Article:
Five cask strength BenRiach samples
You never quite know what you’re going to get from BenRiach – the distillery has such a range of whiskies. But The W Club is planning an exclusive specially made BenRiach and these five samples are potentially the bottling’s component parts.
And they are superb. Two are described as ‘classic Speyside’ and are 16 years old and 21 years old respectively, but are destined for bottling after their 17 and 22 year birthdays in May. They are both sweet and fruity with honey and vanilla, as you might expect, but the first has a delightful fresh apple characteristic to it, and the second has a liquorice aniseed and oak combination from its age. Both are very good.
The third is 15 years old, finished in a Pedro Ximenez cask, and is set to be bottled as a 16 year old.It’s a big bold whisky with stewed plum, fig, date, mince pie and earthy, woody tannin notes.
But it’s the last two which are really exciting. They’re a year apart in age but will both be bottled as 17 years old. They are both finished in virgin American oak and the effect of the wood is all over them. These are dessert whiskies of the highest order. the first is cask 2775 from 1995 and combines banana split drizzled with caramel sauce, or soft toffee filled chocolates. There’s hazelnut in the finish, too. The second, from 1994 and about nine months older, is much sharper, spicier and woodier, but still has a wonderful vanilla and candy heart if you add water.
It’s no secret that I am a huge admirer of the works of John Glaser and that I love what he and his team stand for. John makes boutique whiskies with the finest Scotch and I’m delighted that they are a priority for The Whisky Shop.
The company’s whiskies fall in to two broad camps. There are sweet, gentle and easy drinking whiskies including two blends – Asyla and Great King Street, which I recently chose as the Blended Whisky of the Year in the Whisky Advocate annual awards; and a grain whisky called Hedonism. Grain whisky is soft and sweet and can be a bit characterless when young, but in this case it’s the whisky is delicious and refreshing. The other category hass more spicy, peaty and savoury releases and these include malts which are among my very favourites: The Peat Monster – have a guess – Oak Cross, which is matured in American oak casks with virgin European oak heads to give the whisky a spicy note; and best of all, The Spice Tree, which is feisty, challenging and a total treat.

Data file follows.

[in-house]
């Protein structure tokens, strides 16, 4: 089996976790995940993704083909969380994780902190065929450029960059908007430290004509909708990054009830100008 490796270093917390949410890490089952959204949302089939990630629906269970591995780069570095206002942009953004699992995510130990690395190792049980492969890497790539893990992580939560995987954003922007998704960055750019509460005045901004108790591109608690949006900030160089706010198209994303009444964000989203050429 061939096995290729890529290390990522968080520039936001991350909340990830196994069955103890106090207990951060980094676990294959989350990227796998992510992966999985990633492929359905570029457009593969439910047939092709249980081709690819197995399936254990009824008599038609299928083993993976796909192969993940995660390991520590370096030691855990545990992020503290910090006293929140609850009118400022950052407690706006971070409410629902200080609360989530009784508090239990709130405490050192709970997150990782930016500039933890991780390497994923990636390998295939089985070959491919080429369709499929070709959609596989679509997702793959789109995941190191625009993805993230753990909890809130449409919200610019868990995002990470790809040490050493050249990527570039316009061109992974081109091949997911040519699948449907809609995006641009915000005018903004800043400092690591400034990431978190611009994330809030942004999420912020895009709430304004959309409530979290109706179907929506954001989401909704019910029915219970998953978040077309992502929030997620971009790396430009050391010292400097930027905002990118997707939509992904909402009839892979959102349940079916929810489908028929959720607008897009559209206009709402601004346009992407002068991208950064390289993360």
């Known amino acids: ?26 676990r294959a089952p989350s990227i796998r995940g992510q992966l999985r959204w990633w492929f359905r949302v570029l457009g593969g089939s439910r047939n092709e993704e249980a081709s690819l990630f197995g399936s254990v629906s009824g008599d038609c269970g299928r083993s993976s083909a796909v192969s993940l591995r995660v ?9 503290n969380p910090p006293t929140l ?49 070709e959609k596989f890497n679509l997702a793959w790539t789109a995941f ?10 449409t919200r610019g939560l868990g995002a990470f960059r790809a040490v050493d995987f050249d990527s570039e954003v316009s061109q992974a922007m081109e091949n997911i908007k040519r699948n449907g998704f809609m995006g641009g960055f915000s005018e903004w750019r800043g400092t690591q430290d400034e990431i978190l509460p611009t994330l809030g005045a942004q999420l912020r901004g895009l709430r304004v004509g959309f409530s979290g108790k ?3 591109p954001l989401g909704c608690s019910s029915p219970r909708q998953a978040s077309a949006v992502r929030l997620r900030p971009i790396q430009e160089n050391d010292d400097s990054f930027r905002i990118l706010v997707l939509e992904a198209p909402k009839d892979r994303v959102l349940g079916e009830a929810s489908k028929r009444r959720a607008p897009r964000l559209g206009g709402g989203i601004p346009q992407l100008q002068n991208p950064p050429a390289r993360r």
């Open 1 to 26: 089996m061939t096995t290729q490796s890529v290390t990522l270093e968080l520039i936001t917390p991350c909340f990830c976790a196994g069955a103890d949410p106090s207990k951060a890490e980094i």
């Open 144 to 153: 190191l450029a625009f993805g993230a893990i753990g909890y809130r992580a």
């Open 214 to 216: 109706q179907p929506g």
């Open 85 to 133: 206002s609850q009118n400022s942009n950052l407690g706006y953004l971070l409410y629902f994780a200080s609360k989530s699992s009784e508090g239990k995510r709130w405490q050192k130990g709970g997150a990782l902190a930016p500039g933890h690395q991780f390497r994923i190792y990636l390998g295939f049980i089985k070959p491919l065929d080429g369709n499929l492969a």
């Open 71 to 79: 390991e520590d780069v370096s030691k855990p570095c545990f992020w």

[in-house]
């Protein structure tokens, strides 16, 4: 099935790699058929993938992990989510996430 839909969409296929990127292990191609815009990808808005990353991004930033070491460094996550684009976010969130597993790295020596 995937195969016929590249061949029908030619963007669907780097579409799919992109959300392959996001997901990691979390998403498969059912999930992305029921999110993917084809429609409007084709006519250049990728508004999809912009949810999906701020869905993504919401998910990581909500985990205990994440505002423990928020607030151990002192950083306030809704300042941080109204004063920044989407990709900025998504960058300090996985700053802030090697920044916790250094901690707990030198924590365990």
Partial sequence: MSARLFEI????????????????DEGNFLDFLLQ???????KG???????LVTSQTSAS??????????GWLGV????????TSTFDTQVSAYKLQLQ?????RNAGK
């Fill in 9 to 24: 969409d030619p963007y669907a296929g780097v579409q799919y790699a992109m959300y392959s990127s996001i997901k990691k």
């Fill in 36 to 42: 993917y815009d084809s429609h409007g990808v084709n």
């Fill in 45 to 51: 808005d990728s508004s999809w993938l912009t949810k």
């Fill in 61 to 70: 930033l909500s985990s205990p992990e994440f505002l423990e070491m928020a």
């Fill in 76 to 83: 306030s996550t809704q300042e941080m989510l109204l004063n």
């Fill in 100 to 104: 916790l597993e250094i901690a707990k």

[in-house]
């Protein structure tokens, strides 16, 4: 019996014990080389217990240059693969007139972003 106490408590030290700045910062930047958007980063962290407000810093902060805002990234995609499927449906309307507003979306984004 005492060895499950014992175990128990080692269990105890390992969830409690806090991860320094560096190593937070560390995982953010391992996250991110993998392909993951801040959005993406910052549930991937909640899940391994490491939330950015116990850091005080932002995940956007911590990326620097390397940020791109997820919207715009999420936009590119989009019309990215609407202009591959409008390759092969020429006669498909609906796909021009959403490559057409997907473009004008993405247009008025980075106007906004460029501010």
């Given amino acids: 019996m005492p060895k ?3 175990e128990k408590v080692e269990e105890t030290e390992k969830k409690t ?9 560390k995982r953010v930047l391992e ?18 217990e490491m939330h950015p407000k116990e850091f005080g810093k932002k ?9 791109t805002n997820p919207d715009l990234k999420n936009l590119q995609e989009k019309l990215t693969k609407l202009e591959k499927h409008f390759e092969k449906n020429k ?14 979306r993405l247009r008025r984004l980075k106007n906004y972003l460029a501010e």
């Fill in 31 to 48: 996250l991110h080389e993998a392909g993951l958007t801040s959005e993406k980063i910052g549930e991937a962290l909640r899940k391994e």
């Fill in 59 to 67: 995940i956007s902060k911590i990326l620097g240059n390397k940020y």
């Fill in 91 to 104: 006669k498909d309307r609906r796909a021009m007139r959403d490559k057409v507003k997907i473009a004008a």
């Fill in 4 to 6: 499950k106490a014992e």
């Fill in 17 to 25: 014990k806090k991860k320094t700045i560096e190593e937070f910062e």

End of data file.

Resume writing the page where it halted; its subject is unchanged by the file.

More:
Watch the news column for details of a marathon tasting tour with a difference featuring John Glaser.
The Dalmore Cigar Malt
I’ve already written about the return of this iconic malt and the changes that have been made to it. It’s an unusual Dalmore but a good one, and The Whisky Shop is the first British retailer to stock it. the first bottle sold went to a woman from Lincoln and was sold this week. Welcome back.
I went as a guest of Maxxium to Stockholm to join the Viking Whisky Festival Cruise but before boarding we were treated to a tasting by the highly impressive Joy Elliott, who treated us to, among other things, a stunning Highland Park 1978 Vintage, and, amazingly, the 60 year old plus whisky which makes up the Macallan Lalique. Joy claimed she didn’t have a wee taste while transporting the rare liquid to Sweden. If that’s true she’s stronger-willed than I am.
On board the cruise liner I met great people, hung out with the likes of Laphroaig’s John Campbell, Glenfiddich’s Ian Millar, Whyte & Mackay’s Richard Paterson and Glen Grant’s Dennis Malcolm, and discovered some very interesting new Swedish whisky. Poor John wasn’t well but managed to hold a tasting which included Ardmore 25 year old, and a new expression of Laphroaig, a 13 year old whisky called Brodir.
On a related note – I have supported Mackmyra’s whisks in tastings for six years and am a big fan of the distillery and its people. So I am delighted that the great Mackmyra introductory malt The First Edition is now available through The Whisky Shop.
What an amazing airline. Their stewardesses are the female equivalent of a box of Quality Street, a mix of races and all beautifully attired, very friendly and highly efficient. And if you managed to miss that they come from all over the world, the pilot lets you know just how many languages they can speak between them – about 12. The food is lovely, the planes spacious, and the entertainment amazing in its diversity. Thoroughly recommended.
This is a whisky film. Whisky is a big player in the plot, a force for good and bad, used as a weapon and as plane fuel, and a constant in this delightful animated film.